When the device came into service the contemporary NSW revenue issues were the Edward VII bi colours and the device is very suited to stamps of this size. Strikes on the smaller NSW numeral series seem out of scale and quite often appear as only partials. By 1960 the device has many consistent missing pins and often the pattern appears as just an impression of incomplete holes rather than a clear perfin.

Related Patterns:  Refer to other New Zealand Insurance Company patterns in:

NSW: NZ/IC.a  NZ/I/CO.a VIC.a

QLD: NZ/IC.a  NZ/IC.b  NZ/IC.c  NZ/IC.d  NZ/IC.e  NZ/IC.f

*AVIVA web site

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SB/NE.a

 

User: Sargood Butler Nichol & Ewen

Warehousemen

Address: 24 York St, Sydney, NSW

Revenue Use:

1880 issue 2d 

Rarity Scale:

1880 issue 2d R4

Background: *Frederick Thomas Sargood (later Sir) was born on 30 May 1834 at Walworth, London, son of Frederick James Sargood (d.1873), a merchant, and his wife Emma, (nee Rippon).

Frederick (junior) arrived in Melbourne with his parents and five sisters in February 1850. After a short period as a clerk Frederick joined his fathers wholesale soft goods business named Sargood, King & Co. Between 1852-54 he spent time on the Mount Alexander goldfields as well as managing the companies interests in the Bendigo-Castlemaine area. In 1858 he married Marian Rolfe and in 1859 became a junior partner in Sargood, King & Co. His father had entered politics but by 1860 he had returned to England. Frederick (senior) died in 1873.

The company prospered and in 1863 they extended their interests interstate, including Sydney and into New Zealand, where the Company was known as Sargood and Sons and Ewen. On his father death Frederick enacted an option in the will to purchase both the Australian and New Zealand business.

In 1874 Frederick entered the Victorian parliament in the Legislative Council and in 1879 he oversaw the merger of the family business with the firm of Martin, Butler and Nichol, and by the late 1880’s the company was known as Sargood, Butler, Nichol and Ewen.

In 1880 after the death of his wife Marion he retired from politics and took his 9 children to England. Whilst there Frederick remarried (to Julia Tomlin) and 1882 the family returned to Melbourne.

Frederick and his sons returned to the family business and by 1897 the company had 14 branches around Australia and New Zealand and employed over 5000 people. They had an office in London, managed by Nichol and Ewing and agencies in New York, Yokohama (Japan) and Hong Kong.

Frederick died in January 1903 and was survived by his wife and the 5 sons and 4 daughters of his first marriage.

The company was reformed as Sargood Brothers and continued to trade successfully until it was merged with William Gardiner and Co in 1926 to become Sargood Gardiner.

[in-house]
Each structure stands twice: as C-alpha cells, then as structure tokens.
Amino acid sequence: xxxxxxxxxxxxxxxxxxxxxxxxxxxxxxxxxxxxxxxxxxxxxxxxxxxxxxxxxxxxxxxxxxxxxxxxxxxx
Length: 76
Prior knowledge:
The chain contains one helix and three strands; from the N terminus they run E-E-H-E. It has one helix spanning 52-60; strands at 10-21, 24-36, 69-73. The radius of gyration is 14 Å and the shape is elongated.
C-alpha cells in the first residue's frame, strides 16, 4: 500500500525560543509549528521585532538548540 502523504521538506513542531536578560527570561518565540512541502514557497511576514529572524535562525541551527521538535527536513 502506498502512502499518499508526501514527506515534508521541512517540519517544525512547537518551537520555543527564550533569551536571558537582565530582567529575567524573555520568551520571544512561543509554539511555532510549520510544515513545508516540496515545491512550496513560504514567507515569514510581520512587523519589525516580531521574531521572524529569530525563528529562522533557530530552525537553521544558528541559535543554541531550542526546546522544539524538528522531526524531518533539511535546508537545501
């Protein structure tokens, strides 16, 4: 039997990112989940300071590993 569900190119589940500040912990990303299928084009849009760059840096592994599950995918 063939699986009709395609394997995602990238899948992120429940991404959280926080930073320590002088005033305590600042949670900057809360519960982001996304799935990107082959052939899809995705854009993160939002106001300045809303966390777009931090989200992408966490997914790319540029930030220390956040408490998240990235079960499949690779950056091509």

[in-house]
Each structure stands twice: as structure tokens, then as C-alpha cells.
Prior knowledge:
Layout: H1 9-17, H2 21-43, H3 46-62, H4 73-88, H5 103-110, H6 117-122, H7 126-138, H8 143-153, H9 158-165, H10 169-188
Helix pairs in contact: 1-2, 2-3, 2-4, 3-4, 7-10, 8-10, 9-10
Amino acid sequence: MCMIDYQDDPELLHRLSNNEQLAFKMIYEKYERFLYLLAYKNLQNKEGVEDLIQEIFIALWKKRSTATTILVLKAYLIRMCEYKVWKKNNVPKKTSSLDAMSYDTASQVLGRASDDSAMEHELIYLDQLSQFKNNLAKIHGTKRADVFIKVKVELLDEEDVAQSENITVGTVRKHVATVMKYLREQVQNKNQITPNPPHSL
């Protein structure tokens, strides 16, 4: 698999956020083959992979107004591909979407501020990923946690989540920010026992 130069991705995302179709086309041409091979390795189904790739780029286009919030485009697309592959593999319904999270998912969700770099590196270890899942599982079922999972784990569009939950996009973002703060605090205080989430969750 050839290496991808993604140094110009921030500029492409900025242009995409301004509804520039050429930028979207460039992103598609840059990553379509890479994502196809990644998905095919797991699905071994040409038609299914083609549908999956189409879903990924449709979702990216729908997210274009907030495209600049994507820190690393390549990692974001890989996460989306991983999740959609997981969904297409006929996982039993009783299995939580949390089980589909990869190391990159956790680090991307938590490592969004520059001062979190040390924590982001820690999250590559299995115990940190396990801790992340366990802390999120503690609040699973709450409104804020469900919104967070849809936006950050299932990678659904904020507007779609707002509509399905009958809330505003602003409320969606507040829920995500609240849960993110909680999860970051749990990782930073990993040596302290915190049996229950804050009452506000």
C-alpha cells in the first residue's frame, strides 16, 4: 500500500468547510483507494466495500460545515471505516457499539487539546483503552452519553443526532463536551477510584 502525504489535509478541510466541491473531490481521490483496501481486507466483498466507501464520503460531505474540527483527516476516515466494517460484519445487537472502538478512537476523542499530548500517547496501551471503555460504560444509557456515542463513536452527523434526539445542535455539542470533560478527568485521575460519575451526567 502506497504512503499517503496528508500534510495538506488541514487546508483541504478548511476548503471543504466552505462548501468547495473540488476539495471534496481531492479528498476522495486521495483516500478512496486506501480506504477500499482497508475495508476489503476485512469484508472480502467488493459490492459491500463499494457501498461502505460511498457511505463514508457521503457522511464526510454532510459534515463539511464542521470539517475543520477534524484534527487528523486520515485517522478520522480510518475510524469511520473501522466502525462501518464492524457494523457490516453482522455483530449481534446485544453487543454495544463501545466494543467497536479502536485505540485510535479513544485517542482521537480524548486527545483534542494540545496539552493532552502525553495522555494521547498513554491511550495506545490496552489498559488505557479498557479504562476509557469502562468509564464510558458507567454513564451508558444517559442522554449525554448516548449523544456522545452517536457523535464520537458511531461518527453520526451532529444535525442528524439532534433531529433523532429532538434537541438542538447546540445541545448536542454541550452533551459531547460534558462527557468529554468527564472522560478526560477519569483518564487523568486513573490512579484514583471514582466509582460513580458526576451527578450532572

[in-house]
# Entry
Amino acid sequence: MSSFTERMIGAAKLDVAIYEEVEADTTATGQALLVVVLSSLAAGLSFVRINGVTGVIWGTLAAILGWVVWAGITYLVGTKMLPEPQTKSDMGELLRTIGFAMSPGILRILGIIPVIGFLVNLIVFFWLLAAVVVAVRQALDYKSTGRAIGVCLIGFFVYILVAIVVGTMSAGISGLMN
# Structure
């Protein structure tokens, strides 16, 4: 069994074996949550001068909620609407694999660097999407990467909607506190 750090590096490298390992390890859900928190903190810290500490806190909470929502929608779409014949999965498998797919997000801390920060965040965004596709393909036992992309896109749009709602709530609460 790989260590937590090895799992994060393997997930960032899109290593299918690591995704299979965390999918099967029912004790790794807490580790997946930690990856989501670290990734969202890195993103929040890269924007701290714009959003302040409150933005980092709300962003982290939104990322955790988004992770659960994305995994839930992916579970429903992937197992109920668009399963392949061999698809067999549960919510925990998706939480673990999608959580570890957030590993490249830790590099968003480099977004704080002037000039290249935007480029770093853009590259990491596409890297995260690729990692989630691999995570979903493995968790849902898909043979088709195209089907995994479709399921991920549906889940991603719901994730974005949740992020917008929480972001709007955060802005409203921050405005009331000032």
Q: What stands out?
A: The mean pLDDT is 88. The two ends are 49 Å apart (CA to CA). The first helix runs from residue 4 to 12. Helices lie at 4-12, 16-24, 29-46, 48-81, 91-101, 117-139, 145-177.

Device: The SB/NE.a device was most likely a single die device as it is found on a range of stamp formats including the large ‘Coin’ issues of NSW and it is consistently able to produce single and central strikes.

The pattern is found on the revenue and postage stamps of NSW and the device was in use from at least 1904 until 1906.

Related Patterns: Refer to other William Gardiner and Sargood Brothers (and related company) patterns in:

NSW: WG/CO.a  WG&CO.a  WG/&/COLD.a   WG/&/COLD.b

QLD: WG/CO.a

VIC: SB.a  SB.b  SBN.a  SG.a

*Trove

*Australian Dictionary of Biography

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SCC.a

 

User: Sydney County Council

Electricity Distributer

Address: 'Queen Victoria Building', George St, Sydney, NSW

Revenue Use: 

Numeral 1929-66 issue 2d, 3d

Rarity Scale:

Numeral 1929-66 issue 2d C, 3d R1

Background: The Sydney County Council (SCC) was established in 1935 by the passing of the Gas and Electricity Act of 1935 through the NSW parliament. This act gave the SCC authority for the provision and distribution of electricity supplies in Sydney through the various Municipal Councils. At this stage the Electricity Department of the Sydney City Council was transferred to the newly formed SCC.

The Authority formally came into operation in 1936. Between 1936 and 1952, it was responsible for electricity generation and distribution, but in 1950 The Electricity Commission of NSW was created to manage electricity generation across all of NSW and from this time the SCC was only responsible for the distribution of the electricity. This distribution responsibility also included the promotion of electricity, electrical products, billing and the collection of payments.

This Video shows a short Television commercial from 1959 that features the SCC.

The billing aspect is what necessitated the use of revenue stamps as 2d duty was payable on each Electricity bill. The rate of duty increased to 3d in 1956.

In 1989, the NSW Government created a State Government controlled Corporation called ‘Sydney Electricity’ which came into being on 1 January 1991 and had the effect of shifting responsibility away from the Municipal Councils to this new Corporation. In 1996, ‘Sydney Electricity’ was merged with Orion Energy to form Energy Australia, which in 2011 changed its name to AUSGRID.

The SCC Head Office in the Queen Victoria Building in George St, Sydney.

Device: The SCC.a device is a 10-die device in a horizontal array and somewhat similar in scale and layout, (particularly in the shape of the S) to the GNSW (type C) used to perforate postage and revenue stamps for the NSW Government. This is understandable as both devices were sourced and operated by the NSW Government Printers.